Pulmonary function impairment in children following hematopoietic stem cell transplantation

Authors

  • J. Wieringa MD,

    1. Department of Pediatric Immunology, Hemato-Oncology and Bone Marrow Transplantation (IHOB), Leiden University Medical Center, Leiden, The Netherlands
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  • K.W. van Kralingen MD, PhD,

    1. Department of Pulmonology, Leiden University Medical Center, Leiden, The Netherlands
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  • J.K. Sont PhD,

    1. Department of Medical Decision Making, Leiden University Medical Center, Leiden, The Netherlands
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  • D. Bresters MD, PhD

    Corresponding author
    1. Department of Pediatric Immunology, Hemato-Oncology and Bone Marrow Transplantation (IHOB), Leiden University Medical Center, Leiden, The Netherlands
    • Department of Immunology, Hemato-Oncology and Bone Marrow Transplantation (IHOBA) (J6S), Leiden University Medical Center, PO Box 9600, 2300 RC Leiden, The Netherlands.
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Abstract

Background

Deterioration of pulmonary function after hematopoietic stem cell transplantation (SCT) is a well-known late effect of this treatment, but the course of pulmonary function over time is less clear. The aim of our study was to establish both the prevalence and course of pulmonary function abnormalities in children following SCT.

Methods

Thirty-nine of 106 patients, who visited a post-SCT late effects clinic and who underwent a pulmonary function test (PFT) both before and at least twice after SCT were included in this study. Forced expiratory volume in 1 sec (FEV1), forced vital capacity (FVC), total lung capacity (TLC), and total lung diffusion capacity (TLCO) were determined and recorded as percentage predicted for age, sex, and length matched controls. Values of less than 80% of predicted were considered abnormal. Change in PFT parameters over time was determined by comparing the mean PFT parameter in our group at three different time points: pre-SCT, ≤1 year post-SCT (SCTpost1) and >1 year post-SCT (SCTpost2).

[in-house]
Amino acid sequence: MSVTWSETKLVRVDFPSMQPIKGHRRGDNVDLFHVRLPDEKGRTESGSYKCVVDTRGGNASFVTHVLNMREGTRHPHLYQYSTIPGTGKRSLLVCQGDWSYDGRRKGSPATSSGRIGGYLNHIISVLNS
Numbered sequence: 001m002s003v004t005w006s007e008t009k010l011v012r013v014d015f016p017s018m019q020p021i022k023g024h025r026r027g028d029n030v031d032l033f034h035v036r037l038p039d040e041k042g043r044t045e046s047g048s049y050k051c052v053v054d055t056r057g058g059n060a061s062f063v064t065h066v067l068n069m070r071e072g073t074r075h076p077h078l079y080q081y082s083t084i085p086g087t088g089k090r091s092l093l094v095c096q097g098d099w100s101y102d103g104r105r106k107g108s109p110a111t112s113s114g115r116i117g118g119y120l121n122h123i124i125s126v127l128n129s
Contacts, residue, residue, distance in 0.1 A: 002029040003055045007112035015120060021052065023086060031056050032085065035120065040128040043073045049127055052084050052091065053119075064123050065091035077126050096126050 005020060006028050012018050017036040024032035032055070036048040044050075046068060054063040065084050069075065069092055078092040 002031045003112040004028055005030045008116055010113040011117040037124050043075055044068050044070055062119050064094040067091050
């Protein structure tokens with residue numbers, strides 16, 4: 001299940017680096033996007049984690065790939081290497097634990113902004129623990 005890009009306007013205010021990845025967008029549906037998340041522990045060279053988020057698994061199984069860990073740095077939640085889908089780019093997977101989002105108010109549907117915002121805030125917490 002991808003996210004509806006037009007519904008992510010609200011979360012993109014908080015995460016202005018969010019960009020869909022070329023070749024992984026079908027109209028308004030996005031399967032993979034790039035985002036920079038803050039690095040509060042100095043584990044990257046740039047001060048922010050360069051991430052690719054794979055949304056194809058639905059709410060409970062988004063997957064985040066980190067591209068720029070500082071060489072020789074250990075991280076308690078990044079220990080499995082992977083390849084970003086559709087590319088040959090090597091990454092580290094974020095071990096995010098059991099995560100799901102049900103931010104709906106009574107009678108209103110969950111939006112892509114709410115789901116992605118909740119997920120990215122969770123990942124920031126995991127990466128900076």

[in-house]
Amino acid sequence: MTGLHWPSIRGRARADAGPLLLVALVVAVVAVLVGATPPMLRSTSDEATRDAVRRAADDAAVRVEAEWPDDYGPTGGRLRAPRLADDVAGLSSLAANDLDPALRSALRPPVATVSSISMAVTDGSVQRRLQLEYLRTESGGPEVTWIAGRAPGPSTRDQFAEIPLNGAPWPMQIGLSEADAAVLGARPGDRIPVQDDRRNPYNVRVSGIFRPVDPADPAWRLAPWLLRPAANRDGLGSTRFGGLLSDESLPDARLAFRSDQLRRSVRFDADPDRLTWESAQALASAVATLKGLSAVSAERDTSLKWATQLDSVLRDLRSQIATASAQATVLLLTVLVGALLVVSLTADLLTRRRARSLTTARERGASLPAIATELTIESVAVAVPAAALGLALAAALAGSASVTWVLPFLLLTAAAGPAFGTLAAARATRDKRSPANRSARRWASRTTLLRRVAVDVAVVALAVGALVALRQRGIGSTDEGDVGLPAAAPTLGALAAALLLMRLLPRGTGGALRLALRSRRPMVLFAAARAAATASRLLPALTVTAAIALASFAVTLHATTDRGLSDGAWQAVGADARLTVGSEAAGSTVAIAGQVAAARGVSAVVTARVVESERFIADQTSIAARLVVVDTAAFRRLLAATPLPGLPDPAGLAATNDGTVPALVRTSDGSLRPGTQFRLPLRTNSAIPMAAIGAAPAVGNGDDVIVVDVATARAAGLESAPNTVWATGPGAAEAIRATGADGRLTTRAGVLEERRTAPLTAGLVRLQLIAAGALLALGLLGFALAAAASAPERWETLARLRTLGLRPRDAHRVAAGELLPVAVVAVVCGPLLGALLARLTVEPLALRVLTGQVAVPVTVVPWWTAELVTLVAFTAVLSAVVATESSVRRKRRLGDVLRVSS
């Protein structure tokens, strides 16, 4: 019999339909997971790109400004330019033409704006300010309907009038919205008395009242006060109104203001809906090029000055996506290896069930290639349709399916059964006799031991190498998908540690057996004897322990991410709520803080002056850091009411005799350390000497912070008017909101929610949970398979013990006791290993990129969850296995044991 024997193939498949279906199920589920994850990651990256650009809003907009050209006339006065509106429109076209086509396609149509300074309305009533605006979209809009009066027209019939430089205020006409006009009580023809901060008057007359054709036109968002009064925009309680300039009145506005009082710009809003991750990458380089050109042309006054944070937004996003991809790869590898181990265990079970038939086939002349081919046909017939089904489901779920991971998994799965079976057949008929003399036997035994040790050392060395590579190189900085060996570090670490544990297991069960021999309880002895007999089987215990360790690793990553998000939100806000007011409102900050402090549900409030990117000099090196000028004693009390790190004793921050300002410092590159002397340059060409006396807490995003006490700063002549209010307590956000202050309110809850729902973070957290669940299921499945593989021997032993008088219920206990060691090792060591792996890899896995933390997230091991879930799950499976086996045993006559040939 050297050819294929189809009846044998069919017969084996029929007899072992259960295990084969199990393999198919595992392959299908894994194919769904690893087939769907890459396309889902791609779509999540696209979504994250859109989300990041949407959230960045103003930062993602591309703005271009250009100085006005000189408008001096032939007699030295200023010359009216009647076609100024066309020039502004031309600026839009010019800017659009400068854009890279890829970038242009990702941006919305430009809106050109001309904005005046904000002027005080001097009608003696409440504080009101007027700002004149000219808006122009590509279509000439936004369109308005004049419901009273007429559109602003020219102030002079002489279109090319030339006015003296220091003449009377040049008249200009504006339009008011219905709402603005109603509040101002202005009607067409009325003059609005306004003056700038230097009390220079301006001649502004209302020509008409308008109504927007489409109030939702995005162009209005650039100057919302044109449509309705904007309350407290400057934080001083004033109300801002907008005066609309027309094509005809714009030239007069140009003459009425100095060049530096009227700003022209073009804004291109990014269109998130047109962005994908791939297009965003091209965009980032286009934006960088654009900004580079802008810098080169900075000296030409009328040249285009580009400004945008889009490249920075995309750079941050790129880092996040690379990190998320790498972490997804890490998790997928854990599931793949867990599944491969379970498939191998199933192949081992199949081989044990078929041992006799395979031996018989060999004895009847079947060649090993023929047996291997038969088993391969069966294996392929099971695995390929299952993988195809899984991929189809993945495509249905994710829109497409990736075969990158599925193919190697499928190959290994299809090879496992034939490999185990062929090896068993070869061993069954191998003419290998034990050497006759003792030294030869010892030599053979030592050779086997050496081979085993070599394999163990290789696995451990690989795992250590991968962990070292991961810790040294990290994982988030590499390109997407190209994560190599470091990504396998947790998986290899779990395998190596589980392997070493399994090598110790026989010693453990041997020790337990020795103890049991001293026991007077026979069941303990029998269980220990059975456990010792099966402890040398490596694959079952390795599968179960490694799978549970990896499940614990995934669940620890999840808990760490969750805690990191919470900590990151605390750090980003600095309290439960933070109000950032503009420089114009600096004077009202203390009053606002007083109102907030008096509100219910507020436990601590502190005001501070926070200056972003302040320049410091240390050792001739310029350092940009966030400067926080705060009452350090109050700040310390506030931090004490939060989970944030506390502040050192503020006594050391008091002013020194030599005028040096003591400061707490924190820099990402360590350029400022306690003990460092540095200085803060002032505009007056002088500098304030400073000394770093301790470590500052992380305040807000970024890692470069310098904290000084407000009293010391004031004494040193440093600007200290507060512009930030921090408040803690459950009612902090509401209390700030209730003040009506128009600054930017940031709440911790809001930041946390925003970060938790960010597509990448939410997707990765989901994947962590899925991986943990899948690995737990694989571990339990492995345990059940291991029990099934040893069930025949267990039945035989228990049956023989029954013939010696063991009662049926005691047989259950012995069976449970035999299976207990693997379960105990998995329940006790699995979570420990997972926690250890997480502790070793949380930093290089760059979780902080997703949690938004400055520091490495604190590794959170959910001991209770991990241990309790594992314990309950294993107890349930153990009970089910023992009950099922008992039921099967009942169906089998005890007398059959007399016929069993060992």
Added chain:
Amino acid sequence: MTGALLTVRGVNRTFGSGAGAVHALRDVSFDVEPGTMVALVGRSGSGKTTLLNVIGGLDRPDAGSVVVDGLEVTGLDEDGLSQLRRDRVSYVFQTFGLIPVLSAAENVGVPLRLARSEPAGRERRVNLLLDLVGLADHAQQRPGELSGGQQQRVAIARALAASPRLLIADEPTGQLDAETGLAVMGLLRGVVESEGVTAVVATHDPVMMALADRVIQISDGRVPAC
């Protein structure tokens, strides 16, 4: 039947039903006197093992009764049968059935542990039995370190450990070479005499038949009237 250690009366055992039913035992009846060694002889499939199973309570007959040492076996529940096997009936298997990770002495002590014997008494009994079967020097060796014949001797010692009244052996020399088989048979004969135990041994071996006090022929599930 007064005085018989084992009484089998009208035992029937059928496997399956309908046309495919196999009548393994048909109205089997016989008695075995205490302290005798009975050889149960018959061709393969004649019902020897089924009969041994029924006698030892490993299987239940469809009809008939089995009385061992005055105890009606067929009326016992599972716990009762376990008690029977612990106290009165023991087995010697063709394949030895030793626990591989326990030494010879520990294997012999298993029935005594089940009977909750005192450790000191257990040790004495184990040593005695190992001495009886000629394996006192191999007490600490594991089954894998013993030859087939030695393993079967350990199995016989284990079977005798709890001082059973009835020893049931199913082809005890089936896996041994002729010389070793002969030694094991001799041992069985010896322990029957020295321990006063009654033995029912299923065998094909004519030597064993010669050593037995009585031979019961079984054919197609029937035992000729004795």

Results

After SCT restrictive and/or diffusion abnormalities are most prevalent (45% and 76% at SCTpost1, respectively). A significant decrease of TLC (−9.7%) and TLCO (−20.3%) was observed during the first year after SCT, with improvement over time, but no normalization. Obstructive lung disease was less common (6% at SCTpost1). Clinical signs of lung function impairment were rare.

Conclusions

Restrictive and diffusion lung function disorders are common after SCT. They improve over time but do not normalize. As only a few patients with pulmonary function abnormalities had clinical signs of lung function impairment, the clinical relevance of performing long-term follow-up of PFT is questionable. © 2005 Wiley-Liss, Inc.

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